Today I hopped on a Clubhouse call (not sure if that’s what they’re called…maybe it’s called a “room”…I’m not sure). Either way, it’s an up and coming app that’s a mashup of a podcast with a chatroom and an irl conversation. There are no videos or recordings – it’s a live, fleeting gathering of souls exchanging ideas and riffing off one another. If I had to describe it in two words, it’d be: pure magic.
I found out about the call from a zoom I was on the previous evening (look at all of this socially-distanced technology bringing people together), and the topic for the Clubhouse chat was all about morning rituals and routines. Now, I’ll be the first to say I can’t stick to anything very long. I don’t eat the same thing for breakfast every day. I don’t listen to the same radio station when I’m in the car. Heck, I can’t even stay in the same relationship for very long (that’s a breakup coping mechanism joke in case ya didn’t catch that).
But in all honesty, routines are important. They can have the ability to hold you accountable when the last thing you want to do is roll out of bed and tackle another Monday. Well, today is the first Monday in a LONG ass while that I’m actually stoked for the day/week/month ahead.
After a dynamic conversation about meditation and exercise and even simple things like speaking kindly to yourself and drinking water throughout the day, the hosts ended the call by asking everyone to say something that they’re looking forward to this week. Initially, I didn’t know what I was going to say, then the girl who spoke before me said something about being excited about her relationship and planning a wedding, and without hesitation, when it was my turn, I said that I was excited about finally being happy, even elated (?) about a breakup that, last year, felt like the worst thing to ever happen in my entire life.
It’s been a long almost six months of grieving the loss of that relationship, but in the last few weeks I’ve seen so much freaking good come as a result of it. I feel like the tectonic plates must be shifting, because never in a million years did I ever think I’d tell anyone, let alone a handful of strangers that my “thing I’m looking forward to” is finally having the courage to throw away my engagement portraits, sell my wedding dress, and move the fuck on with my life.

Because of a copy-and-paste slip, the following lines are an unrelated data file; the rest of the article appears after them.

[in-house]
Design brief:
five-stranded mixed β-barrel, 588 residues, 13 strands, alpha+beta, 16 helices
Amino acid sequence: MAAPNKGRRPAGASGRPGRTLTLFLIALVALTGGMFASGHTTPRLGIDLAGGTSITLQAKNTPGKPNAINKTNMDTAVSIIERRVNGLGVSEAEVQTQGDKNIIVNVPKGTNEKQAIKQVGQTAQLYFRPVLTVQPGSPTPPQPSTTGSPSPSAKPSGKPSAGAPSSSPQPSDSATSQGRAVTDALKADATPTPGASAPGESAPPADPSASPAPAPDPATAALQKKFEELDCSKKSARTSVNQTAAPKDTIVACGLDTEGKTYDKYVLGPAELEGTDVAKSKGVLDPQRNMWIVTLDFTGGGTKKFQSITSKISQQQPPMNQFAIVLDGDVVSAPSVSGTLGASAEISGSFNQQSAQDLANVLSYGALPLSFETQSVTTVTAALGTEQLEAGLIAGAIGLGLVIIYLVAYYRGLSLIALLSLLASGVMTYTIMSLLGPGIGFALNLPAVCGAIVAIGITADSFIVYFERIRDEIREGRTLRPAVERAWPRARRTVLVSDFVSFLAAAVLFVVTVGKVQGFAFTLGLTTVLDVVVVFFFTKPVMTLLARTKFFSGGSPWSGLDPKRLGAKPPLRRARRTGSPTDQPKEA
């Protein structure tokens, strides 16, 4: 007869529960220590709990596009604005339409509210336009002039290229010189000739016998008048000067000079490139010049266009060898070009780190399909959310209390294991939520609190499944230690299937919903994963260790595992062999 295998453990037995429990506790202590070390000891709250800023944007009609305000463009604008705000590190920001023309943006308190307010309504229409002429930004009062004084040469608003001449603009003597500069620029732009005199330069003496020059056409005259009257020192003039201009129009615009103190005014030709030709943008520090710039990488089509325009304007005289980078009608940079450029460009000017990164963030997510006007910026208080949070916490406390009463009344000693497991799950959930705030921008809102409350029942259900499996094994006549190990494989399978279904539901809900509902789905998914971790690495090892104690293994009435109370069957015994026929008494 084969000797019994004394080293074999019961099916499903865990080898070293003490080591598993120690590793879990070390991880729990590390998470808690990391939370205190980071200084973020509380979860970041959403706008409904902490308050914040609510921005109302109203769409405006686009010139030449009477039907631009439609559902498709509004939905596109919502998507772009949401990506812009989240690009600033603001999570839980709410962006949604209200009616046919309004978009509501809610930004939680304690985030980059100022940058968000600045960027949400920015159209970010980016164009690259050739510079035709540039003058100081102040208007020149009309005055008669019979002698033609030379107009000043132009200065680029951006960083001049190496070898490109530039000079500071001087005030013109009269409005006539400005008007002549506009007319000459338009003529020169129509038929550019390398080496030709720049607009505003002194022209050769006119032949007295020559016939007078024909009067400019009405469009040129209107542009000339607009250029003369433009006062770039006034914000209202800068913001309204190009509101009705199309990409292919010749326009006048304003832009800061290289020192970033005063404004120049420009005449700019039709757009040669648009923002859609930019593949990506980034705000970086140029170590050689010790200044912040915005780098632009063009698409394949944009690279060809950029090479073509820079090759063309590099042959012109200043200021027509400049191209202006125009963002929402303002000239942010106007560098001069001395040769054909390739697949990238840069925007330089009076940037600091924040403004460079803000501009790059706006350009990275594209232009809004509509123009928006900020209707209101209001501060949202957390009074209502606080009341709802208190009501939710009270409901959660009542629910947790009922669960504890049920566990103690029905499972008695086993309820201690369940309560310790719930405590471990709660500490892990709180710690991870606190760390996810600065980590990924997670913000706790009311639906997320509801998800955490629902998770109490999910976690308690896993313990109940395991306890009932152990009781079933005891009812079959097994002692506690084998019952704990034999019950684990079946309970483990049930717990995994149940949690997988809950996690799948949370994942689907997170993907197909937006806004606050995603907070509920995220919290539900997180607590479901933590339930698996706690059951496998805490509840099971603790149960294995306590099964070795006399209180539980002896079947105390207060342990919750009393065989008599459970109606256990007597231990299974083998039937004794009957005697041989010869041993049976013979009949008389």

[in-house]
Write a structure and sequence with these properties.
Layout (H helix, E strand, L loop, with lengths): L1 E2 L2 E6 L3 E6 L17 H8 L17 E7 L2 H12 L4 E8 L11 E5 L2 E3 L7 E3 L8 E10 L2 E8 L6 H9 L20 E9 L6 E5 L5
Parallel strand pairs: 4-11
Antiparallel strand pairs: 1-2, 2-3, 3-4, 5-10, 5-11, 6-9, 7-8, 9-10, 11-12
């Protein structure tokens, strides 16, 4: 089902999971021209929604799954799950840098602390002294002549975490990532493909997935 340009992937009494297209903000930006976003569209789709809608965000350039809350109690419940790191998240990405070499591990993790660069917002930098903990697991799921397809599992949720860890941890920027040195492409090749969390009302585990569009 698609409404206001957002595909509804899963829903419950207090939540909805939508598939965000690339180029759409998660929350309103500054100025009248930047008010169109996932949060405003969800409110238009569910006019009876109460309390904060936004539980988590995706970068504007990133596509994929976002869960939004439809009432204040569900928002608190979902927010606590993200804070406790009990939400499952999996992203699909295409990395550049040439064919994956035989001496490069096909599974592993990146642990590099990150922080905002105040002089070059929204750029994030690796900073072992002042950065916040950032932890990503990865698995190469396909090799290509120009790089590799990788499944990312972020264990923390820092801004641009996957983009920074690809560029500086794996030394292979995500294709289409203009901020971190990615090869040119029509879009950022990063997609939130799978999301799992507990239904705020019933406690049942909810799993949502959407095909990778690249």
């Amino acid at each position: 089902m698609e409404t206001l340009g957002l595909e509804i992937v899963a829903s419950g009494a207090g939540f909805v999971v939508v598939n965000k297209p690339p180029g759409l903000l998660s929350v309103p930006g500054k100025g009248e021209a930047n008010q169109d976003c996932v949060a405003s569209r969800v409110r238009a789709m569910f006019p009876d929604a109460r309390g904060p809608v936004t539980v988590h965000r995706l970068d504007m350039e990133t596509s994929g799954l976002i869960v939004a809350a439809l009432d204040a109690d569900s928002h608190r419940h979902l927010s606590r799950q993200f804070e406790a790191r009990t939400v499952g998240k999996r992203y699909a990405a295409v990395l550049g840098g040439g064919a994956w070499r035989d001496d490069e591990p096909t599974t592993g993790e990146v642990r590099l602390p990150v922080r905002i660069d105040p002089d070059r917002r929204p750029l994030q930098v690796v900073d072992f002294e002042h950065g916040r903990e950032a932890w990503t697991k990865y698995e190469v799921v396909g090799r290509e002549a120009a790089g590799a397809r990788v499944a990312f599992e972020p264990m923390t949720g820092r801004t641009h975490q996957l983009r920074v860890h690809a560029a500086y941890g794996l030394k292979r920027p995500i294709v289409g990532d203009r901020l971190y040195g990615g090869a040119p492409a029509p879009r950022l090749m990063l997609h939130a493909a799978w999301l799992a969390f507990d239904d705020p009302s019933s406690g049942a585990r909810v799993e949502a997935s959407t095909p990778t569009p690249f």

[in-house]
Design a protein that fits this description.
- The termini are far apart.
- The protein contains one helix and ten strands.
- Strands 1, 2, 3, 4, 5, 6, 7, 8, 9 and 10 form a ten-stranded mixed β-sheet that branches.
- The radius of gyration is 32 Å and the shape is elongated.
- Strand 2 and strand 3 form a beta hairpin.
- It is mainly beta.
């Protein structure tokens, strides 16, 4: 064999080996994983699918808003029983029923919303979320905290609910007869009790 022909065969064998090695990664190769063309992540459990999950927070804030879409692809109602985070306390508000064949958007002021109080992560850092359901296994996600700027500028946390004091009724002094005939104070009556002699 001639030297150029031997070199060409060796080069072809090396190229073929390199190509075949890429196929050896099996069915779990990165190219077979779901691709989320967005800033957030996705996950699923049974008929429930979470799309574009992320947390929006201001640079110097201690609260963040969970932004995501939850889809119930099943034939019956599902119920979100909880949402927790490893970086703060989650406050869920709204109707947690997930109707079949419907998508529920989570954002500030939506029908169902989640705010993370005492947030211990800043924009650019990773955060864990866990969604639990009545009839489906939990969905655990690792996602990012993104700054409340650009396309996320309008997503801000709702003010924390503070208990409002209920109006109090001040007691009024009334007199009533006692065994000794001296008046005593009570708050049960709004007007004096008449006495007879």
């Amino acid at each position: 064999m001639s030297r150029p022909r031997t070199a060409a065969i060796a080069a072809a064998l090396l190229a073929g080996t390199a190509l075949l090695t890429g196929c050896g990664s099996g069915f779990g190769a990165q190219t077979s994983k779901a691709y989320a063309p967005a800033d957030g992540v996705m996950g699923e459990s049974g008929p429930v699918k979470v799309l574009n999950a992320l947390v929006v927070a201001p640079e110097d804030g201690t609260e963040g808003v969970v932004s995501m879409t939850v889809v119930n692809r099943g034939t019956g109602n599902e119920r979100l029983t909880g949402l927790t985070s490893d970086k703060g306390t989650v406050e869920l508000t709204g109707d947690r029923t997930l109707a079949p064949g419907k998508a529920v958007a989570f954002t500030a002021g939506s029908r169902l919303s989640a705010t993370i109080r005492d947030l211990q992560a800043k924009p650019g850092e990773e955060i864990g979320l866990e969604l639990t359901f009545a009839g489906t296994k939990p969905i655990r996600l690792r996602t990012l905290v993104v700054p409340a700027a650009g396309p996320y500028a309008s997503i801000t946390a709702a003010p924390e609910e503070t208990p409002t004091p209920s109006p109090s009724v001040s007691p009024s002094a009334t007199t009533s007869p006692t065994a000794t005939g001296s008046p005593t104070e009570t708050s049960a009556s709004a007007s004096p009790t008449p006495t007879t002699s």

Continuing to dwell in the past on what could have been and all of the what if’s do me no good, and the more time and space that occupies in my heart and in my head, the more it keeps me stuck, unable to enjoy what I have right now (like, dude, I never thought I’d be able to finish law school and now I’m doing the lawyer thing; that alone would’ve wow’d my younger self . . . forget about loving where I live, having incredible friends and family, two amazing dogs, the list goes on and on), not to mention whatever’s ahead in my future.
It’s pretty wild how someone who had been my entire world for years seemingly overnight reverted back to the stranger he once was before we met around this time three years ago . . . but such is life. I can either fight the process or learn to go with the flow, and tbh, life is fucking amazing when you let go of what “could or should” have been and just soak in “what is.”